A legal mortgage is one that fulfills all legal requirements for a mortgage, while an equitable mortgage does not fulfill these requirements but still operates as a mortgage. Those with specific mortgage questions should consult an attorney.
A legal mortgage occurs when the owner gives legal title of property to a creditor to secure payment of the owner's debt. In a typical mortgage, once the debtor pays off the debt, legal title to the property will revert to the original owner.
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Courts of equity evolved to redress injustices caused by legal courts' strict adherence to the law. Courts of equity thus recognize "equitable" mortgages, which occur when a transaction does not fulfill all legal requirements of a mortgage, but still looks and operates like a mortgage; in other words, property is offered to a creditor to secure debt.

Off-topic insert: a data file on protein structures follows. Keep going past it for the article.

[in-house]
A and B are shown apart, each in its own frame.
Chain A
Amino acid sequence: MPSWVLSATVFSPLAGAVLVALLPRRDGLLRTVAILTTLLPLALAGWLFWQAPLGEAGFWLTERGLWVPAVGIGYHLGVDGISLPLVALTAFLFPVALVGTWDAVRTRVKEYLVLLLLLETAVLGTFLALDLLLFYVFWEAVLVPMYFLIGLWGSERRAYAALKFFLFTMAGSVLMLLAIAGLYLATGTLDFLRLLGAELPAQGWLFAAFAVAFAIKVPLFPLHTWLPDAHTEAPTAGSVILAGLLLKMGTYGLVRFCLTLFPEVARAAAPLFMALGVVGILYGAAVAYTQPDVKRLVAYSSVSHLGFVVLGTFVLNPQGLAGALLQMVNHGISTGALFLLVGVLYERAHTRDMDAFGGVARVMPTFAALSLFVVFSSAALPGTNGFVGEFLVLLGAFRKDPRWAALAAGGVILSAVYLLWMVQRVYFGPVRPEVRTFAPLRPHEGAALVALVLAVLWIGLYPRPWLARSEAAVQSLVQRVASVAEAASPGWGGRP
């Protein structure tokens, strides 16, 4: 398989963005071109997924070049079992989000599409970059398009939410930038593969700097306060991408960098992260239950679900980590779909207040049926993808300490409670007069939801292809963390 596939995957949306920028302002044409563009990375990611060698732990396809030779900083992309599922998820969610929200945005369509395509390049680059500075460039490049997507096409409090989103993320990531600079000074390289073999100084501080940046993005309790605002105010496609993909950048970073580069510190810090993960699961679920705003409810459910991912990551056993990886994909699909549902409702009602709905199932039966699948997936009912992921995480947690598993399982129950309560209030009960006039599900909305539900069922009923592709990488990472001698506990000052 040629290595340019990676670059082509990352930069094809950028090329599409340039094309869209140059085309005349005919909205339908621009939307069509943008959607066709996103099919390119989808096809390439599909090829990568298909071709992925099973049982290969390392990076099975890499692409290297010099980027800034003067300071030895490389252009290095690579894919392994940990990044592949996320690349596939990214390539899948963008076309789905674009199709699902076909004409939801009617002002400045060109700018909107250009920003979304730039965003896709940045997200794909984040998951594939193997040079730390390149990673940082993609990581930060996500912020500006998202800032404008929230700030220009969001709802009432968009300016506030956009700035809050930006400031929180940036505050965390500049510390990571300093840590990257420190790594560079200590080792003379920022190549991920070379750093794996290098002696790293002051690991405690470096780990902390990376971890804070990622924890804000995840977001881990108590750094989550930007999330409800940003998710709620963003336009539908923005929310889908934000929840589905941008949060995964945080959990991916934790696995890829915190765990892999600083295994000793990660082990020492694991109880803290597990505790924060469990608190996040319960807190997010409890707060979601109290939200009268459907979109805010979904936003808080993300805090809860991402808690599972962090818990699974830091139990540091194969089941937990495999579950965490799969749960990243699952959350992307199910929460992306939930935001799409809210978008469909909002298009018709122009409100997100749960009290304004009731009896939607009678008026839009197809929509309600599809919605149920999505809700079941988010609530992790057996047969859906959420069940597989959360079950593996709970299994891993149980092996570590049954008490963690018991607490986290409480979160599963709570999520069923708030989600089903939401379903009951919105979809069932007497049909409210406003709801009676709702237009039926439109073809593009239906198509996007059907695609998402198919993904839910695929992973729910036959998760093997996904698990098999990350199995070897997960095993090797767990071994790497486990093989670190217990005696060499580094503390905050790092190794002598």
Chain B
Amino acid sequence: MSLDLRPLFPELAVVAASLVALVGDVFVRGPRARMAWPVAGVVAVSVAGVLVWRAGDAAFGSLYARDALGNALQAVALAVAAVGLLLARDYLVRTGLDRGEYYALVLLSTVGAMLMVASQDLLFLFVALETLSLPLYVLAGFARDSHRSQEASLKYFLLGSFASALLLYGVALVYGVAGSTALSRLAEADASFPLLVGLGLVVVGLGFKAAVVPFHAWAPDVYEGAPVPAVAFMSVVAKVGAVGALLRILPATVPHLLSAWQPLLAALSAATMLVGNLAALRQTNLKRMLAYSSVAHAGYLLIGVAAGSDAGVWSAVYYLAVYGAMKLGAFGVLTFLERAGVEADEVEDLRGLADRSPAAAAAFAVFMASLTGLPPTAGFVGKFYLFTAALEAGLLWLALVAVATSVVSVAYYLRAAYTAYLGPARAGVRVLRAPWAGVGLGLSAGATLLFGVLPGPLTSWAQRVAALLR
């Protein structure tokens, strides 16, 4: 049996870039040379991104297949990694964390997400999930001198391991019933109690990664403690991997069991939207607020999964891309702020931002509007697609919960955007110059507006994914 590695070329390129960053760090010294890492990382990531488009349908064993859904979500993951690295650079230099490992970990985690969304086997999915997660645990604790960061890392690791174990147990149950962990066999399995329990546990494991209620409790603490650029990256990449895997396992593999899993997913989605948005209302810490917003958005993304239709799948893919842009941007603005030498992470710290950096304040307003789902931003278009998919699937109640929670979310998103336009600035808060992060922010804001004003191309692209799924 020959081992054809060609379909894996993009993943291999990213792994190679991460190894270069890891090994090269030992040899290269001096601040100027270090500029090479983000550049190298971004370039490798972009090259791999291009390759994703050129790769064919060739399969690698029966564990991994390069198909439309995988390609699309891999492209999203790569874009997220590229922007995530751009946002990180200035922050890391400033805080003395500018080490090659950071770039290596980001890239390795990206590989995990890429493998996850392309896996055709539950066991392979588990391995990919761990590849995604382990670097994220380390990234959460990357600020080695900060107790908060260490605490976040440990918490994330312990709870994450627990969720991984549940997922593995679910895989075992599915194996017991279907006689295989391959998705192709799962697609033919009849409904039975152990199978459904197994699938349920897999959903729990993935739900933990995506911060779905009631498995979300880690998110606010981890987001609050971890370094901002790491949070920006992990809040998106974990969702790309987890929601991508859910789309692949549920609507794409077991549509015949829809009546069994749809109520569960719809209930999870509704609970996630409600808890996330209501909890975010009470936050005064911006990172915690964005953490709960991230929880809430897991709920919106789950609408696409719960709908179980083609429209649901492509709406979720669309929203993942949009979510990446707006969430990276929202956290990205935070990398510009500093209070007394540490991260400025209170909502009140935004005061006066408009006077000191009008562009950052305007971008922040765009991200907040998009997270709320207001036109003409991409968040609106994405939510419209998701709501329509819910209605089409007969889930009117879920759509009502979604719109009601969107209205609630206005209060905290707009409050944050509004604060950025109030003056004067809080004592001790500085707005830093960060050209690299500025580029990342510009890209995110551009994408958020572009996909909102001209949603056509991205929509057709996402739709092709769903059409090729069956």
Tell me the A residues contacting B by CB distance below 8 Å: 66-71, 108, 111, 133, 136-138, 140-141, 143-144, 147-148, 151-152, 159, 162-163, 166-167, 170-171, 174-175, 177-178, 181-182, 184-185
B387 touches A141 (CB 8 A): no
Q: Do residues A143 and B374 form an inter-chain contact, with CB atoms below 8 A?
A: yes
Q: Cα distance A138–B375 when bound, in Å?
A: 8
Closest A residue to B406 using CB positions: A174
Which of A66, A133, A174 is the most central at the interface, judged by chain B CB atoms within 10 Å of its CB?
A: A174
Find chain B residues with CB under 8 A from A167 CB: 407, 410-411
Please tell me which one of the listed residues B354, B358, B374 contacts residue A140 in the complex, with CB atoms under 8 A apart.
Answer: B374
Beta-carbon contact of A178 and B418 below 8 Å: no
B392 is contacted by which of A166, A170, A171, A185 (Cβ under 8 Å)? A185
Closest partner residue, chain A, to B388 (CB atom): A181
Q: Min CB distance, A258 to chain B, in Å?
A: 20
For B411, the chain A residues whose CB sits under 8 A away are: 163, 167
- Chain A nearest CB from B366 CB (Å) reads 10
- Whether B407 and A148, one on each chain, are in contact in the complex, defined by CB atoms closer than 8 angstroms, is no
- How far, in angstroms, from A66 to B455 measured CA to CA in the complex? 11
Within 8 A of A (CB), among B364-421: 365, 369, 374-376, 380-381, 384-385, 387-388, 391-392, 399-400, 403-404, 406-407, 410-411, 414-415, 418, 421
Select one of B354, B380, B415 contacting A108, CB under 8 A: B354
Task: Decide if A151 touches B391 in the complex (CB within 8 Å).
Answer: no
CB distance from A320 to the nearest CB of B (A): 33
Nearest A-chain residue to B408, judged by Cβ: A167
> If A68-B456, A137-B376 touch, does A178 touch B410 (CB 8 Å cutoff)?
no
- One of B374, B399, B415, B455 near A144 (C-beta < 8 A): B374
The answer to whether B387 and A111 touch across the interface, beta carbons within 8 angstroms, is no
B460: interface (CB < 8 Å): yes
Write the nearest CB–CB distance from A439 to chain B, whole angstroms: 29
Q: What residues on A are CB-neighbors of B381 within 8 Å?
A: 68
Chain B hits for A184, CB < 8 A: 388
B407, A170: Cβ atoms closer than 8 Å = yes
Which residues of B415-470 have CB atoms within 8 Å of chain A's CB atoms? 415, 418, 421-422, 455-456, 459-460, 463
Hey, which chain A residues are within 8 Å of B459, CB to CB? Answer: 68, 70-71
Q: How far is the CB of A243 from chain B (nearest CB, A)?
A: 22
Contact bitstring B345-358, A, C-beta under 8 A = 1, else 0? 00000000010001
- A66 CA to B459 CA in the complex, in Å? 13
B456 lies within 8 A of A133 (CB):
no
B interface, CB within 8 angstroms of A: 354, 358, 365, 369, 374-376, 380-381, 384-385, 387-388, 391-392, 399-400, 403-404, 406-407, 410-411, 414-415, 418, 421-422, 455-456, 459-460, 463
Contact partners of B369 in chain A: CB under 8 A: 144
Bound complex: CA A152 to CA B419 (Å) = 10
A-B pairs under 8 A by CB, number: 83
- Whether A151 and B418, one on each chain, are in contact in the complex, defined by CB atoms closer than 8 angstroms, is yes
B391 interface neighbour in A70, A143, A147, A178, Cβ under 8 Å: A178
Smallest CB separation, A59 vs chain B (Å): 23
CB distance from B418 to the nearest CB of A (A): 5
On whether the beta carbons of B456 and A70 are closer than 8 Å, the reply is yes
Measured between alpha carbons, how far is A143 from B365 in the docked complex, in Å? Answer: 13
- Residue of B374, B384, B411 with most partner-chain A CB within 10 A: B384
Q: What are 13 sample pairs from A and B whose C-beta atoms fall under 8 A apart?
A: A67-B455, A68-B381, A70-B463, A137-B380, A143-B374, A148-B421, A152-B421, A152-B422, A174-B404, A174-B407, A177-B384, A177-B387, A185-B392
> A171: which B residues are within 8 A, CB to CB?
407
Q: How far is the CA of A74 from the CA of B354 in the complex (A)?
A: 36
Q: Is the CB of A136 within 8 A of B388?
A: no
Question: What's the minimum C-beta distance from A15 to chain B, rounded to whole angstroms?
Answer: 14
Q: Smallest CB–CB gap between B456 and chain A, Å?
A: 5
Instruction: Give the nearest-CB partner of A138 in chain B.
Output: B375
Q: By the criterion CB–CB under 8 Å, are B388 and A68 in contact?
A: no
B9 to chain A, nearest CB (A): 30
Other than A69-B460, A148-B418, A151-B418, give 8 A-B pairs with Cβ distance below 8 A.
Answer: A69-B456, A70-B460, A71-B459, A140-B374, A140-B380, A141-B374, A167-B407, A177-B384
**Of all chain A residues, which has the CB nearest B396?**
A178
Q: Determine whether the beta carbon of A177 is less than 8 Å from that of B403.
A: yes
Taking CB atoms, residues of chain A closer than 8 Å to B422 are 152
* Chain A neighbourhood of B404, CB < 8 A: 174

Equitable mortgages generally operate like legal mortgages, but in case of default, the legal mortgage debt on a property receives satisfaction before that of any equitable mortgage. The equitable mortgage holder's rights to the property also dissolve if a third party that does not know of the equitable mortgage buys the property.
- TheFreeDictionary.com: Equitable Mortgage
- "Black's Law Dictionary (Seventh Edition)"; Bryan Garner; 1999
- U.S. Legal: Equitable Mortgage Law and Legal Definition
Erika Johansen is a lifelong writer with a Master of Fine Arts from the Iowa Writers' Workshop and editorial experience in scholastic publication. She has written articles for various websites.